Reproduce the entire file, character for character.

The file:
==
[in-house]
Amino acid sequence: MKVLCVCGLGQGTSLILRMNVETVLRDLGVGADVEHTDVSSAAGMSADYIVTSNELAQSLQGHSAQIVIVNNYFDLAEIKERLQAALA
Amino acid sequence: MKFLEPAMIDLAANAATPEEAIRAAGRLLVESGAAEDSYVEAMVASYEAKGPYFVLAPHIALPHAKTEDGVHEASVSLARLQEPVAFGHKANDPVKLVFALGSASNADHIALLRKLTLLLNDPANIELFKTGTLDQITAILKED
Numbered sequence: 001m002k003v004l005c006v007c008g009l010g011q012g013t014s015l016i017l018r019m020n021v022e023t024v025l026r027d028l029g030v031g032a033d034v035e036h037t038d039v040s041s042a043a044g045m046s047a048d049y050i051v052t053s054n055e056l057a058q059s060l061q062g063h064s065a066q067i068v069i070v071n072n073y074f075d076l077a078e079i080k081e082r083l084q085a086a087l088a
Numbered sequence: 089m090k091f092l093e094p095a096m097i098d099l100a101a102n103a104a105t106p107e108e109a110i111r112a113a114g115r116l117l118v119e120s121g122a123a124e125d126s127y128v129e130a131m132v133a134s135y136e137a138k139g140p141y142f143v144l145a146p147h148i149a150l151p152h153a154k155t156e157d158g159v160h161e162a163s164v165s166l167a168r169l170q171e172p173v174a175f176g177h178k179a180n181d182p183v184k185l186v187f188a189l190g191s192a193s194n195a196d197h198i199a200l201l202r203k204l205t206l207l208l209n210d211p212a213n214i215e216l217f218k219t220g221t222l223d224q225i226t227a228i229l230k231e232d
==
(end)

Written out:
[in-house]
Amino acid sequence: MKVLCVCGLGQGTSLILRMNVETVLRDLGVGADVEHTDVSSAAGMSADYIVTSNELAQSLQGHSAQIVIVNNYFDLAEIKERLQAALA
Amino acid sequence: MKFLEPAMIDLAANAATPEEAIRAAGRLLVESGAAEDSYVEAMVASYEAKGPYFVLAPHIALPHAKTEDGVHEASVSLARLQEPVAFGHKANDPVKLVFALGSASNADHIALLRKLTLLLNDPANIELFKTGTLDQITAILKED
Numbered sequence: 001m002k003v004l005c006v007c008g009l010g011q012g013t014s015l016i017l018r019m020n021v022e023t024v025l026r027d028l029g030v031g032a033d034v035e036h037t038d039v040s041s042a043a044g045m046s047a048d049y050i051v052t053s054n055e056l057a058q059s060l061q062g063h064s065a066q067i068v069i070v071n072n073y074f075d076l077a078e079i080k081e082r083l084q085a086a087l088a
Numbered sequence: 089m090k091f092l093e094p095a096m097i098d099l100a101a102n103a104a105t106p107e108e109a110i111r112a113a114g115r116l117l118v119e120s121g122a123a124e125d126s127y128v129e130a131m132v133a134s135y136e137a138k139g140p141y142f143v144l145a146p147h148i149a150l151p152h153a154k155t156e157d158g159v160h161e162a163s164v165s166l167a168r169l170q171e172p173v174a175f176g177h178k179a180n181d182p183v184k185l186v187f188a189l190g191s192a193s194n195a196d197h198i199a200l201l202r203k204l205t206l207l208l209n210d211p212a213n214i215e216l217f218k219t220g221t222l223d224q225i226t227a228i229l230k231e232d